What does it mean to be economically self-sufficient? To be financially stable? Many of us hear those terms, or something similar, and learn of their importance starting from an early age and may even get some exposure to tools and tips from family, teachers or mentors, but studies show that nearly 70% of Americans are not financially literate. So we’re talking about a LOT of people who aren’t getting the financial literacy knowledge they need to understand or manage their finances.
Co-conveners of the TechHire Boston employer consortium, SkillWorks and the Boston Private Industry Council (Boston PIC), hosted the third and final IT/Tech forum on Monday, June 19th, 2017. The Greater Boston education and workforce development community gathered with IT/tech industry leaders in a packed space at District Hall to discuss strategies to engage and prepare local talent to meet the growing demand for IT/tech professionals. Mayor Walsh and the Boston Foundation’s Paul Grogan also joined us to announce unprecedented new investments in workforce development to grow the pool of talent and raise the level of candidate preparation from high school through college and into career. Check out the press release below for more information!
At just 21 years old, Rizel Bobb-Semple has already attained various postsecondary credentials, worked in healthcare and IT, is currently working toward an Associate’s degree in Computer Information Systems at Bunker Hill Community College, and is starting an exciting internship at HubSpot this spring!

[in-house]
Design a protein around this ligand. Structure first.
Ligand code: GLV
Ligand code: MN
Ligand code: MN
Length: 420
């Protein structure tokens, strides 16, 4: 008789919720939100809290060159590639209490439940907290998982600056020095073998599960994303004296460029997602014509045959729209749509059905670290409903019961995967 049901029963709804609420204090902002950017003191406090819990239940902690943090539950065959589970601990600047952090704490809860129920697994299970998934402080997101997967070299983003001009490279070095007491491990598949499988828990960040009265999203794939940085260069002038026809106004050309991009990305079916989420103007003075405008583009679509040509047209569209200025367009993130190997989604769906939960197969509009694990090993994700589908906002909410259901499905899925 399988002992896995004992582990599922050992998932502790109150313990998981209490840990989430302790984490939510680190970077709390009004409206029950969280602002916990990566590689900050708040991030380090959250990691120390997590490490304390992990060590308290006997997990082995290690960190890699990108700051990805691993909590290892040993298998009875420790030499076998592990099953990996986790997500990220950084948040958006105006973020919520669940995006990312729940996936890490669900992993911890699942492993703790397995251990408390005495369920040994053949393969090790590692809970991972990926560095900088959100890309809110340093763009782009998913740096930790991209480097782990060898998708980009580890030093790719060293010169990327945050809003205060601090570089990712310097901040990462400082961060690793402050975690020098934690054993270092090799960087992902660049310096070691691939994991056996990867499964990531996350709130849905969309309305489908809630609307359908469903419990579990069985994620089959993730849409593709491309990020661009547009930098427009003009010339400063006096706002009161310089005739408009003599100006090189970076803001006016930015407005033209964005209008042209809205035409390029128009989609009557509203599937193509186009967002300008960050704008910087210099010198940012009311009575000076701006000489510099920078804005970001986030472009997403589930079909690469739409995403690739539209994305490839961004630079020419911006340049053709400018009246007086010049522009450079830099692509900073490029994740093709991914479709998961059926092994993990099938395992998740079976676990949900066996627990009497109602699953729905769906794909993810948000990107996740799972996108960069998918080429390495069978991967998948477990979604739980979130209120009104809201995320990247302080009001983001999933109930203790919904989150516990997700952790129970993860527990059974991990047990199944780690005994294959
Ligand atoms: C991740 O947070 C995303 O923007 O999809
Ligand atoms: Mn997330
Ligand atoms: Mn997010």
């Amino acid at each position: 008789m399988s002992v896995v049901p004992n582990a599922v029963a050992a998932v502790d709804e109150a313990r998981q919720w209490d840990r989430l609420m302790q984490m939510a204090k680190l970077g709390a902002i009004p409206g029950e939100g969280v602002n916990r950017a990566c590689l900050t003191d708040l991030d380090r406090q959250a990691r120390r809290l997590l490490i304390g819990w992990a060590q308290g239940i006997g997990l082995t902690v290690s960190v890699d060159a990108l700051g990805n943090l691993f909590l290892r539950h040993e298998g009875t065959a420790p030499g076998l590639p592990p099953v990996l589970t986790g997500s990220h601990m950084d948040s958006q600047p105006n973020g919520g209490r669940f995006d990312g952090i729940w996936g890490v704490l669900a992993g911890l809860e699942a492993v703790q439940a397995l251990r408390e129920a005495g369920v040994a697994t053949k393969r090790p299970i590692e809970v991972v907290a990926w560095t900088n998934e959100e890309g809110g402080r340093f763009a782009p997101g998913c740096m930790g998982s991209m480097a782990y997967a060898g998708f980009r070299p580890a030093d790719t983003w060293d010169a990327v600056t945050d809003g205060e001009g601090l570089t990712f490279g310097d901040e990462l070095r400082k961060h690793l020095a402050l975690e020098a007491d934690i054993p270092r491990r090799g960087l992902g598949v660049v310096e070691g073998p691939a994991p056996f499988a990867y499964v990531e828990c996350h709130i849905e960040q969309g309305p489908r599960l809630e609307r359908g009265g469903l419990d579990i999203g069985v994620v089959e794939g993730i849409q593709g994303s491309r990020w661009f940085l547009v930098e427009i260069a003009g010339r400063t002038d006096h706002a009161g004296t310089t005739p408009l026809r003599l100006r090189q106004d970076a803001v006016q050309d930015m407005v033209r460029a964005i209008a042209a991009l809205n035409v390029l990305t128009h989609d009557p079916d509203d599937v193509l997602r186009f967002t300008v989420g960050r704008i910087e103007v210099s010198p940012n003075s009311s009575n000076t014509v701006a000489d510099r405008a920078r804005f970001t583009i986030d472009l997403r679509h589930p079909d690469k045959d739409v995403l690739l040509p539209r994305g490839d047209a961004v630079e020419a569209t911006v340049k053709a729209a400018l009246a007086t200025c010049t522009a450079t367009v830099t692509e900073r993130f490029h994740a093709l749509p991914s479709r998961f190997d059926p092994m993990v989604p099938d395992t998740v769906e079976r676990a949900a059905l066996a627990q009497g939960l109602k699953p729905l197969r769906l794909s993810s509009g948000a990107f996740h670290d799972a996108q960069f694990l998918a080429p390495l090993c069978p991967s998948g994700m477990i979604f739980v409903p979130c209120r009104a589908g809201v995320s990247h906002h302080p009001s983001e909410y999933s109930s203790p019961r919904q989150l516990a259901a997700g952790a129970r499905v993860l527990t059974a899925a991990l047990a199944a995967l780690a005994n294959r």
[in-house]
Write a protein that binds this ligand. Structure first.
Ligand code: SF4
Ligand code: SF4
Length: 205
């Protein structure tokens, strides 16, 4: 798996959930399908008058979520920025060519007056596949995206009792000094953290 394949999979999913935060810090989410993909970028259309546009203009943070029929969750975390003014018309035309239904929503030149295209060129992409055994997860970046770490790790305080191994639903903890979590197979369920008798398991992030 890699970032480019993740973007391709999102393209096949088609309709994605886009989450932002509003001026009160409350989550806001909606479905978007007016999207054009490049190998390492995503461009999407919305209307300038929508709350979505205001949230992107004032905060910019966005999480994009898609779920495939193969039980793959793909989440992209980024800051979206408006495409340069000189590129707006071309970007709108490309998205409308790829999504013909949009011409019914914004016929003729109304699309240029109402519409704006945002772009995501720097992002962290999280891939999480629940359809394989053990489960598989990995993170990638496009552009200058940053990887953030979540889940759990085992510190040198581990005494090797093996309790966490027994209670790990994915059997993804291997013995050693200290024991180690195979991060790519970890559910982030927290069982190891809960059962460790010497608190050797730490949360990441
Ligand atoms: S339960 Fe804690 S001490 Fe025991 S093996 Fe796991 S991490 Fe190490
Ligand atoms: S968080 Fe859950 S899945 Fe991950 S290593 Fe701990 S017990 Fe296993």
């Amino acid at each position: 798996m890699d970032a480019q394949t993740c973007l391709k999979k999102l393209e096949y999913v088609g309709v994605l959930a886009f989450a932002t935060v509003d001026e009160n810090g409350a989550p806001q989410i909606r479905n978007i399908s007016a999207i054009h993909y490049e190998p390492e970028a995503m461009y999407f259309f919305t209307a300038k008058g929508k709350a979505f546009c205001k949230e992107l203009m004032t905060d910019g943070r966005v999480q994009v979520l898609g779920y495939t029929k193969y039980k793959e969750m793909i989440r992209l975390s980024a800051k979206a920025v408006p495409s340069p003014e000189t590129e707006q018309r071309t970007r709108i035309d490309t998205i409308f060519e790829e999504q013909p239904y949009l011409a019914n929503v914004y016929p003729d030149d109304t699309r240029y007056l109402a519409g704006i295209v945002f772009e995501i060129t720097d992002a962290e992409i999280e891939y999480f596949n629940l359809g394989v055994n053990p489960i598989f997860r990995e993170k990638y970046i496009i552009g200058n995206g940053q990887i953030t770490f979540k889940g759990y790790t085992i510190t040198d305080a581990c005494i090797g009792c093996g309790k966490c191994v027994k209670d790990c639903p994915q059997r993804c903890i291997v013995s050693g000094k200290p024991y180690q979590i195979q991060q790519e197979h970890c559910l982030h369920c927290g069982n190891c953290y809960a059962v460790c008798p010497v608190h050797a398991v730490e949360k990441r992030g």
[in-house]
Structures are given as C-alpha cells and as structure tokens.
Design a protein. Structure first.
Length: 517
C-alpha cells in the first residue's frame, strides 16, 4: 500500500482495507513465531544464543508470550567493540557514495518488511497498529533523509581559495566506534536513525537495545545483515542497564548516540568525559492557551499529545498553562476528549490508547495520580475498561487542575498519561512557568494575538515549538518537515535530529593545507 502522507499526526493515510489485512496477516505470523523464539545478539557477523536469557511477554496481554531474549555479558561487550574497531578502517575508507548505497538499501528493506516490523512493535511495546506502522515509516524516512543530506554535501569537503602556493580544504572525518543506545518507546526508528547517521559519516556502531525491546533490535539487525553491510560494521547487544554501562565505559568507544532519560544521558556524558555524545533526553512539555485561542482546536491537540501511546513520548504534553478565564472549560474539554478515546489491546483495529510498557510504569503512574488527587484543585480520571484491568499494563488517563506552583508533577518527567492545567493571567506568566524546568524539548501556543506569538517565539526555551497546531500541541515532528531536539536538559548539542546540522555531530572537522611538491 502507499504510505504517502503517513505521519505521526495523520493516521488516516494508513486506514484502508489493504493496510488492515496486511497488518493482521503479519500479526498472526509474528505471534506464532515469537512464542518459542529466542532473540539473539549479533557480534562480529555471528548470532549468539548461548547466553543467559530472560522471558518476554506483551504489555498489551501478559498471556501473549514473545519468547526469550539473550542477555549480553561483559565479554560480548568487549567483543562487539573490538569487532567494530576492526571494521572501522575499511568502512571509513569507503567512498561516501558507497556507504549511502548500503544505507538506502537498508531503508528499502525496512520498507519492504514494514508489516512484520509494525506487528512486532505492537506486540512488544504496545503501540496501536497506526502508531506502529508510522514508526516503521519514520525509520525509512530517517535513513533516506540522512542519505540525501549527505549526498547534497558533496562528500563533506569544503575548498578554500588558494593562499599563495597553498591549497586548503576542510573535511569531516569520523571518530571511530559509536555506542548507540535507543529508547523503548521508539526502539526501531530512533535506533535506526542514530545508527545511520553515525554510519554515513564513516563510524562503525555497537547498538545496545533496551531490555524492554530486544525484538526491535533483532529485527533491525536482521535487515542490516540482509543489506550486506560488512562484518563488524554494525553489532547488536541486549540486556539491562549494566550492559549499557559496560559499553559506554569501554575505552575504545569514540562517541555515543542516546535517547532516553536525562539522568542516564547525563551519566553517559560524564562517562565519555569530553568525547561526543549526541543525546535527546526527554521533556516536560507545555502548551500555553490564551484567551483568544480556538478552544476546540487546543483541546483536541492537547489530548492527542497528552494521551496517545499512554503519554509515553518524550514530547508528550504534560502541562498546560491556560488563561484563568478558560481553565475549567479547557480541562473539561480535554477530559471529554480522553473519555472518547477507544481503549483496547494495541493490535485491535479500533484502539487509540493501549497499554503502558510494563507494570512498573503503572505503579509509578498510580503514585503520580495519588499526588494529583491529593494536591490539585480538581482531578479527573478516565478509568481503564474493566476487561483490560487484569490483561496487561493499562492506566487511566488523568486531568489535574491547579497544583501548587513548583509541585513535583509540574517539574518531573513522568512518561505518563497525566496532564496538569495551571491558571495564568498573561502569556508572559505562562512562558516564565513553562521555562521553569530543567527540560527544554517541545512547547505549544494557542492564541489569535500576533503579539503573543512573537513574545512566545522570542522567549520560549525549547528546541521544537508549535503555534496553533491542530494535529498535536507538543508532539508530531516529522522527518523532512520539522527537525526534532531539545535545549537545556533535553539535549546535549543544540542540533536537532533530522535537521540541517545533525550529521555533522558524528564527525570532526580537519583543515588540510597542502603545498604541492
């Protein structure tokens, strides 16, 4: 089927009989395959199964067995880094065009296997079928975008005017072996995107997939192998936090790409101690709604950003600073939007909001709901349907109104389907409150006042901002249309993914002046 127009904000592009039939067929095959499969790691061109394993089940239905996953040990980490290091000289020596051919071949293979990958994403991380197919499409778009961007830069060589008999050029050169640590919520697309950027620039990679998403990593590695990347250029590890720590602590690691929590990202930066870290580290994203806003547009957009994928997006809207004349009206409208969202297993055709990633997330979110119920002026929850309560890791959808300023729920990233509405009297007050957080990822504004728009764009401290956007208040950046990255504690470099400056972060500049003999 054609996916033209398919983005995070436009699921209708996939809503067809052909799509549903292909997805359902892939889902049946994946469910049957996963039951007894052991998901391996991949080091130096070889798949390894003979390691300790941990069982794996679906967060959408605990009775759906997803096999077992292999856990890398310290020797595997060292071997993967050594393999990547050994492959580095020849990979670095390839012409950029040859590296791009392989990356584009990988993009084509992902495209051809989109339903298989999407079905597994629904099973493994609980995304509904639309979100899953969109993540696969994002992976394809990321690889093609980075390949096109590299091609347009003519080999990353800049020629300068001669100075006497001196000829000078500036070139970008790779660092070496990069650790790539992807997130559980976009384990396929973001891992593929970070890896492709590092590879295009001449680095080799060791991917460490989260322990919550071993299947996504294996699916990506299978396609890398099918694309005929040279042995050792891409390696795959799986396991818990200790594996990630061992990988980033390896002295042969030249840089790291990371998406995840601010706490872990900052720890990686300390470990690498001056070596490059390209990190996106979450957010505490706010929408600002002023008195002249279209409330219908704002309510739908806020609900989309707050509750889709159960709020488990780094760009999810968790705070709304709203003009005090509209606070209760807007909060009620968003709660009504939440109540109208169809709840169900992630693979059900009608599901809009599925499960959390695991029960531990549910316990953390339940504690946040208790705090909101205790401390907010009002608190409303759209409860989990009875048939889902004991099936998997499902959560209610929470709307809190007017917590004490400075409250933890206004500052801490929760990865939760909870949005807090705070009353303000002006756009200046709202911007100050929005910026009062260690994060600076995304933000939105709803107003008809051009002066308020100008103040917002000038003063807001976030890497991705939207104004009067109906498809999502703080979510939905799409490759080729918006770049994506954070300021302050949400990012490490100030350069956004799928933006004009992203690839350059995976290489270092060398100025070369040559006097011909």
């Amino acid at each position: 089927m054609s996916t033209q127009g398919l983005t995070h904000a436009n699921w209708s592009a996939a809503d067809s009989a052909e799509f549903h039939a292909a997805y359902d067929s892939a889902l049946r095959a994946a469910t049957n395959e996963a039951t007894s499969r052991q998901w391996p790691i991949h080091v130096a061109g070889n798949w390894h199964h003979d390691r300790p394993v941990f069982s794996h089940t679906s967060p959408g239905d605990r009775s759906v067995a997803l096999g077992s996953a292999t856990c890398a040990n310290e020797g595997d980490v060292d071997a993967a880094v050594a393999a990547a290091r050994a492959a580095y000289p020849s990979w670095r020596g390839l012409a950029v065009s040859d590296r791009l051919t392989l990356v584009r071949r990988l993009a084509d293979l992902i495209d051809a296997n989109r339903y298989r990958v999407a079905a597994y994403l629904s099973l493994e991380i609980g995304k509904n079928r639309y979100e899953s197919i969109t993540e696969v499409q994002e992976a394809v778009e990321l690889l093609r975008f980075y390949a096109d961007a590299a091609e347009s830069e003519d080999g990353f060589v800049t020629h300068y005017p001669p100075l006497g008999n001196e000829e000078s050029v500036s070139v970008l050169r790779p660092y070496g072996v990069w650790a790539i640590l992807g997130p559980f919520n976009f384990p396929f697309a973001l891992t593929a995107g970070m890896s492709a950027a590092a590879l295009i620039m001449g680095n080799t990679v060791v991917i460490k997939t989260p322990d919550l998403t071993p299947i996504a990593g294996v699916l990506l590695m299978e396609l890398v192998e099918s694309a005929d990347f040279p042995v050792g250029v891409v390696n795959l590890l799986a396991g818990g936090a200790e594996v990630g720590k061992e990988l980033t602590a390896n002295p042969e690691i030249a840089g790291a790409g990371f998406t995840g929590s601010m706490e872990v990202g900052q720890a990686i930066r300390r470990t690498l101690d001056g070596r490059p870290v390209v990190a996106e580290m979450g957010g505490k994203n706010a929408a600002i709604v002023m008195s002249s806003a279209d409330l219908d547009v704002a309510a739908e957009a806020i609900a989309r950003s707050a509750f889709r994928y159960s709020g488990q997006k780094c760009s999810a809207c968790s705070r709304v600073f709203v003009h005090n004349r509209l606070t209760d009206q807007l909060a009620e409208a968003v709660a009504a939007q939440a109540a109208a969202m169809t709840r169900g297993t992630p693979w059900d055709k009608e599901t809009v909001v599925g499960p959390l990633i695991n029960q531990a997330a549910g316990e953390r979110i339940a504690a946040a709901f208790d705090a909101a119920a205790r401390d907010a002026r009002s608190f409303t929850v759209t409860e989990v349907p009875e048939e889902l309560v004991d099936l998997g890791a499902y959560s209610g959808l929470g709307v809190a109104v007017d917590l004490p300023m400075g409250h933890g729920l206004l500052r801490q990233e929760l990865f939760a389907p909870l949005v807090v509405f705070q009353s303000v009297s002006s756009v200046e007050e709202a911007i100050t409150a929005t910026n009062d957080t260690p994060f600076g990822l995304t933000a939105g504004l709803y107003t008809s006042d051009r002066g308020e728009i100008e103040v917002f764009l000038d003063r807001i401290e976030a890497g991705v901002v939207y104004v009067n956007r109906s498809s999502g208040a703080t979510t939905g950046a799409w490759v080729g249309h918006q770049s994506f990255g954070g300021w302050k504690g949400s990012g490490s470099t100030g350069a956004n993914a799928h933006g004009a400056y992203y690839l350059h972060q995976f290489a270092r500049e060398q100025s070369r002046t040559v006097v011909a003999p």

She attributes many of her accomplishments to the training and postsecondary programs she participated in, like Hack.Diversity, of which SkillWorks is a proud supporter. And her connection with SkillWorks doesn’t stop there, having also participated in other funded programs in healthcare and IT – showing that she’s in the driver’s seat of her education, purposefully taking advantage of opportunities to learn about, explore, and enter into the career pathway that’s right for her.
Ever since the launch of the Greater Boston IT/Tech Consortium in September 2016, there has been a flurry of excitement around the opportunities and challenges the Consortium has set out to address, and the possibilities for building an accessible and sustainable talent pipeline that meets the needs of Greater Boston residents and employers.
Don’t just take our word for it, after hosting two forums, we’ve been getting some awesome feedback and shout-outs via Twitter:
Luis Garcia came to the United States from Guatemala in 1990 and found good work in the Boston area, mostly with moving companies. He met and married his wife, who gave birth to their daughter. Life was good—until everything started to fall apart. Garcia was laid off and, as a result, lost his apartment. He, his wife and their daughter were forced to live apart. “I always worked,” he says, “and to be out of work and away from my family was very, very hard.”